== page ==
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Where are all the Navajo Tutors?!

February 26, 2022
Online tutoring is available for many languages, where can I find a Navajo tutor?

I googled “Diné bizaad tutor” and “Navajo language tutor”.

Do you know how many people I found that offered services as a Navajo language tutor?

Only 3!

Do you know how many forum posts I’ve come across that are looking for Navajo tutors?

More than 3.

This needs to be corrected. I know there are more than three Navajo instructors out there who are qualified enough to offer tutoring to beginner, intermediate, and advanced level Navajo learners.

Here’s what I am gonna offer because it is difficult to find a Navajo language tutor online.

If you have some background with Navajo language teaching and offer tutoring services online, or in-person, leave a blog comment below with some contact information and a sentence or two about yourself. This way there is a list of Navajo tutors if anyone is looking for one.

If there is a good response of instructors I might start a tutor directory. ;)

Photo credit: Sergey Zolkin on Unsplash

Navajo dubbed Star Wars and Finding Nemo on Disney+

February 27, 2021

Great news! You can watch Star Wars: A New Hope and Finding Nemo in Navajo from the comfort of your own home! A Reddit user noticed the Navajo dubbed version Star Wars was listed in the Extra section of the movie on Disney+.

Both movies were available for limited screenings when they were released in theaters in 2013 and 2016. There were unfortunately a limited number of DVDs available for distribution afterward. There has been a demand to obtain a DVD copy of these titles and I am so glad it accessible via Disney+ now.

To watch, go to either movie of your choice In Disney+.

Then select the Extra section and scroll down until you find the (Navajo Version) in the list.

Unfortunately, they do not include any Navajo subtitles for either movie. I think it was a huge missed opportunity, but we will take what we can get.


Gauging Interest

February 27, 2021

I would like to know if anyone would like a language learning plan or roadmap for those wanting to learn Navajo. This would be a simple list of things to tackle in a fluid order to help you to continue to progress in your studying. I get into a rut unless I have some structure when I’m learning a language. Would this be helpful to anyone?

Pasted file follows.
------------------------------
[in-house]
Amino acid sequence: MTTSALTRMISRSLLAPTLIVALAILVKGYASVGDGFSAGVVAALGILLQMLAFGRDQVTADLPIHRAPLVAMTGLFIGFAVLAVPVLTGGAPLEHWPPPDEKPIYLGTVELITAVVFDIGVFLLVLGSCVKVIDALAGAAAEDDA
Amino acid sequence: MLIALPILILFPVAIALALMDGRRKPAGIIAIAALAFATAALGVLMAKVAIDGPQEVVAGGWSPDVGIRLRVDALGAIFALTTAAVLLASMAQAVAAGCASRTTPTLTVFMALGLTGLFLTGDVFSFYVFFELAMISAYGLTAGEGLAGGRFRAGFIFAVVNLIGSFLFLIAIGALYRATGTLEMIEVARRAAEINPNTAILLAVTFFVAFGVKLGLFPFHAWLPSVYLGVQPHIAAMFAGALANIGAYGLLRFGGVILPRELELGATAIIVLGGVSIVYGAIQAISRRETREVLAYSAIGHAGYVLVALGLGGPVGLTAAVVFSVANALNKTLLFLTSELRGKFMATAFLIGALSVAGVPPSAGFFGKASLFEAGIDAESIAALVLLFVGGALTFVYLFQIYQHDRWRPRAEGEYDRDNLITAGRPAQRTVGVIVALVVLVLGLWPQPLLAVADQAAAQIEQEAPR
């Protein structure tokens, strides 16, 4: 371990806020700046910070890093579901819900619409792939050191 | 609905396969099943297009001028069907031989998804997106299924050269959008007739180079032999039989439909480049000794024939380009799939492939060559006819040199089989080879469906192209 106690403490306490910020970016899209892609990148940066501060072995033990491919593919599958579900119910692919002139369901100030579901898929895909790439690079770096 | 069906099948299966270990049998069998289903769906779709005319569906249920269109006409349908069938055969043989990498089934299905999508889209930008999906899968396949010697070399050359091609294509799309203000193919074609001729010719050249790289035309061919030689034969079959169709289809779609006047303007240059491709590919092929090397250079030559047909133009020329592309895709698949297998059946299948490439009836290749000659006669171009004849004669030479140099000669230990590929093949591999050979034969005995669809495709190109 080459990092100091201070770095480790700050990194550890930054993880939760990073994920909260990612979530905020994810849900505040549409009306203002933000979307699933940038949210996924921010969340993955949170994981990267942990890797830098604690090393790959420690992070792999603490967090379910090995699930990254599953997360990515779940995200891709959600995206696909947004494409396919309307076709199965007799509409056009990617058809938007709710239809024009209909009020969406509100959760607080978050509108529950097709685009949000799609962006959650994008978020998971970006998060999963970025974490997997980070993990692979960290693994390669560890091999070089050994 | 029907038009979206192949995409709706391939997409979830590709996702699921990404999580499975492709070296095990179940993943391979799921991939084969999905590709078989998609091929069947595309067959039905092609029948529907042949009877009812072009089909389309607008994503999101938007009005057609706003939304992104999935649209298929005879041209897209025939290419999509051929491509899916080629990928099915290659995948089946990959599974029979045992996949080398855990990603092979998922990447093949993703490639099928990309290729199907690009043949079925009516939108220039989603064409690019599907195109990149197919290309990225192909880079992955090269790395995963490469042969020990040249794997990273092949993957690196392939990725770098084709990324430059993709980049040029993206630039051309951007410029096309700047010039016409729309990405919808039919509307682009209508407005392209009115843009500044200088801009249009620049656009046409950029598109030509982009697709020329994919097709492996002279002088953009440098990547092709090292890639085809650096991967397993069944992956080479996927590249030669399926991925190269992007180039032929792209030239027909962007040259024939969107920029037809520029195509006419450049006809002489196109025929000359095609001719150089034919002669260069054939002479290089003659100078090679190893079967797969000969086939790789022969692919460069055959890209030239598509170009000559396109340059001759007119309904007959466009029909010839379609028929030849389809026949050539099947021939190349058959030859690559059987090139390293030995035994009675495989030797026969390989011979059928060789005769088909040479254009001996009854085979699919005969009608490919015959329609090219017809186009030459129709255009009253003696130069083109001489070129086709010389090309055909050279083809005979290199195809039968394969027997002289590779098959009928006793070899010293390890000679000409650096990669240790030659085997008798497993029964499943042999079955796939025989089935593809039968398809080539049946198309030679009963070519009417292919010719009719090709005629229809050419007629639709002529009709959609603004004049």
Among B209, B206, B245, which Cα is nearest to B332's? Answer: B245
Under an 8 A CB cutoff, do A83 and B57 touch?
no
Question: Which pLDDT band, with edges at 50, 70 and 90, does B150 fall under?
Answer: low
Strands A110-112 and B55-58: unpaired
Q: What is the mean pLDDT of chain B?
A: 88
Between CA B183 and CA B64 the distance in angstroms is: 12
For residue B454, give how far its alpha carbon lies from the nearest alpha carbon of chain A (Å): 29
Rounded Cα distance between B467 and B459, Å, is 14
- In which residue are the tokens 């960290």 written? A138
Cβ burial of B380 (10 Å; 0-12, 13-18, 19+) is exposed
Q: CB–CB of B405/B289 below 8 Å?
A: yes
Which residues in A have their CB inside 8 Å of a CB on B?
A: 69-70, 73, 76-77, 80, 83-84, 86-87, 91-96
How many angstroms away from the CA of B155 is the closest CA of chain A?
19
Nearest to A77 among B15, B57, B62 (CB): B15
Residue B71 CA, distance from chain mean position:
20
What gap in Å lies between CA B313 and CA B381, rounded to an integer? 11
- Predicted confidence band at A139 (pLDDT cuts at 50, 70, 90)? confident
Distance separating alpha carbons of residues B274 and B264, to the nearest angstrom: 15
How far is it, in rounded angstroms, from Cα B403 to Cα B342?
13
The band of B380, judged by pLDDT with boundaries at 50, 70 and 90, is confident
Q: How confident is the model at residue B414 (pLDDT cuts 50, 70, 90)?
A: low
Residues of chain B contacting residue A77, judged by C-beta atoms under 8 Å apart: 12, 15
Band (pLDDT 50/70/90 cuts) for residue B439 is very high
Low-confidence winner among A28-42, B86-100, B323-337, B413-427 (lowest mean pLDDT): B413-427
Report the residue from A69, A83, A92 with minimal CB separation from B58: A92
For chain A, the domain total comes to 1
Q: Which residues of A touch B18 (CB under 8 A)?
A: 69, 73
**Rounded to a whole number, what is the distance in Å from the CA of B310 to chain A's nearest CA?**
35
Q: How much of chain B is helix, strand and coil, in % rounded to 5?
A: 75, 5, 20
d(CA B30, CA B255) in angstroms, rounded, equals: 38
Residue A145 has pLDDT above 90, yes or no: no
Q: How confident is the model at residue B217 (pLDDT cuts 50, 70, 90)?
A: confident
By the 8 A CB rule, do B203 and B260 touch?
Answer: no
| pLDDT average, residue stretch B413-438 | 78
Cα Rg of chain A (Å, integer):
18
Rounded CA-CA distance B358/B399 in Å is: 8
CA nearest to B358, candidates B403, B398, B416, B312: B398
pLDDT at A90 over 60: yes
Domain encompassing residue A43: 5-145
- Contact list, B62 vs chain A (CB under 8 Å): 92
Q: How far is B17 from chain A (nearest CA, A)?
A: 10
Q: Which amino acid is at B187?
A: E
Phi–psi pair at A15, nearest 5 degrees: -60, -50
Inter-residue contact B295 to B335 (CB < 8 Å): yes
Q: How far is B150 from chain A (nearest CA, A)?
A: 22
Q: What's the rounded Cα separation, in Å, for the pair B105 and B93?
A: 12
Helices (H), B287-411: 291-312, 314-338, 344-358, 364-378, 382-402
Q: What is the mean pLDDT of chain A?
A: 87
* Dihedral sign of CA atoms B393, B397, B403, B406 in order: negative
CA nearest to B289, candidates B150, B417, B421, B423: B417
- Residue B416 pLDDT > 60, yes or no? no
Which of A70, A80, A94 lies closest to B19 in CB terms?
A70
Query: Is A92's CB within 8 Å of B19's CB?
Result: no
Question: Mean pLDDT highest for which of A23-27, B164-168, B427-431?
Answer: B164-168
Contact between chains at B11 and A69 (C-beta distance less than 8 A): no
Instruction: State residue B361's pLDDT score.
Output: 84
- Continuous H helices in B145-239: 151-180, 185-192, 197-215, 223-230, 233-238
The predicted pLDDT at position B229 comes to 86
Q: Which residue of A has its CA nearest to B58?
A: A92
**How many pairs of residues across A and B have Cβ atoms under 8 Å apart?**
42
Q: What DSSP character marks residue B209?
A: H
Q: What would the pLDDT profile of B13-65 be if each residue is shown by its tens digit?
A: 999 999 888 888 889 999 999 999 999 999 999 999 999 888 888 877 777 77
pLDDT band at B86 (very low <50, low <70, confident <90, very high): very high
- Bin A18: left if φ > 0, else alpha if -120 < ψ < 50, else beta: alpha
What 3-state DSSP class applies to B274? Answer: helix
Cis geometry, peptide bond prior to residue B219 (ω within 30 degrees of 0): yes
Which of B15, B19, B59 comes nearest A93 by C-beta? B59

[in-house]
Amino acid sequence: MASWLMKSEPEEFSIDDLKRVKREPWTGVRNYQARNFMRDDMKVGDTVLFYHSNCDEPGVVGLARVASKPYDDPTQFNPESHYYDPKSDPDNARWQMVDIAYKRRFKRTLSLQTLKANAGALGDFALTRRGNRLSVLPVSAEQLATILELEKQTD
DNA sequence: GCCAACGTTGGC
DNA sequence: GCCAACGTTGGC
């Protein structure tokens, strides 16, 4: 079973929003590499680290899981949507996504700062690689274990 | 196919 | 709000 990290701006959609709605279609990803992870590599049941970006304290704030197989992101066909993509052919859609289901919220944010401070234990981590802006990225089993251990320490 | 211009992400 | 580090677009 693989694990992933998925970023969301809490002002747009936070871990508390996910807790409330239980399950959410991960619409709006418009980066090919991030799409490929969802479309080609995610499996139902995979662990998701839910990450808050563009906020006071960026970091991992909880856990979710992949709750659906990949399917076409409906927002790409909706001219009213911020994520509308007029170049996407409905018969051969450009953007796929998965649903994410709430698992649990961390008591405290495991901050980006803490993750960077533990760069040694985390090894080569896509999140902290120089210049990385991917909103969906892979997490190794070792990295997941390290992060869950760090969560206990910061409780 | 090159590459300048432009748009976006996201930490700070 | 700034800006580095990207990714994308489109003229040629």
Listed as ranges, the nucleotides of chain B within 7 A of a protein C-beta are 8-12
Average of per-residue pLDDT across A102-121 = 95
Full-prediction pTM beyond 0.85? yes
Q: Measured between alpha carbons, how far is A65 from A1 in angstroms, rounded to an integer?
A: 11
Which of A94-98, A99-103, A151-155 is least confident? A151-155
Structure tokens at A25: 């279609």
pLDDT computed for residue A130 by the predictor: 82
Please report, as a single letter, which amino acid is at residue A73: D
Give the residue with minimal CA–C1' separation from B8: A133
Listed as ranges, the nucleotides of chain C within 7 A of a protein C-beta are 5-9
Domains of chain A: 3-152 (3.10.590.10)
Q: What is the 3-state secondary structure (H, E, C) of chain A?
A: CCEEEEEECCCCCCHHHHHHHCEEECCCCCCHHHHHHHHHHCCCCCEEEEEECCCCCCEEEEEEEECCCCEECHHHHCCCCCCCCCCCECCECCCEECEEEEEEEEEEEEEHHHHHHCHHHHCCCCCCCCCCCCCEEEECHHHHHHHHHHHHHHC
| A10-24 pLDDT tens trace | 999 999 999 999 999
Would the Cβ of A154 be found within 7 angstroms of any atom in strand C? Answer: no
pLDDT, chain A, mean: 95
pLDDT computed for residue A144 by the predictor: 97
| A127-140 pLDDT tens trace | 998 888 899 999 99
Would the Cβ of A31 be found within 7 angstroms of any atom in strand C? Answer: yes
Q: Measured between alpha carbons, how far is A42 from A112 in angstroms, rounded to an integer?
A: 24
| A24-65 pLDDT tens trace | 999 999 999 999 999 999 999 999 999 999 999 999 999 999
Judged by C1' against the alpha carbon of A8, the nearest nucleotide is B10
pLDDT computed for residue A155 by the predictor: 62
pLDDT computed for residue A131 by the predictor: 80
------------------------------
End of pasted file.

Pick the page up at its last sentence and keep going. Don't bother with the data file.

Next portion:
Also, I have been toying with this idea of creating a digital textbook. Free to the public, of course. I think there are enough public domain resources to revamp and have a textbook-like resource for everyone. I’m thinking it could have audio embedded in it, listening exercises, etc. If there is enough interest we could start getting some people together to create such a resource. Please make a comment below to let me know if you would be interested in being part of such a project.

If you are a Navajo speaker that is interested in doing something sooner than later, I have a separate idea for you that could be very helpful to this community. Comment below if that is you.

I’ve been around more Navajos lately and this language topic of learning, speaking and the difficulty of finding people to practice with is something I hear about almost everyday. It’s time for something, something new maybe. I am not sure entirely what, but I have ideas.

Huge Update

August 20, 2020

I had some time during the quarantine of 2020 to update the site. I’ve fixed some broken links, added new links and also made notes at the top of some posts if any programs, websites, or services are no longer available.

The Audio/Visual, Vocab & Flashcards, and Culture & Tourism pages have many more links. There have been some helpful resources made available in recent years, the flashcard and video sections are a reflection of this. The Culture & Tourism section was fun to update, there’s lots of information there to explore and learn about the Navajo.

Thank you all for checking out the site if you were a new visitor during this time. From the beginning of February to the beginning of May 2020 the site had 2,750 hits from 51 different countries. You all motivated me to make sure you had the most up-to-date Navajo language resources during this global pandemic. Ahe’hee.

Enjoy the new material.

Stay safe out there.

$5 off at Google Books

July 2, 2017


There is a targeted $5 Google Book credit promotion running now thru September 30, 2017. Log into Google Play and then Books. There should be an advertisement that looks like this if you are targeted:

googl paly expanded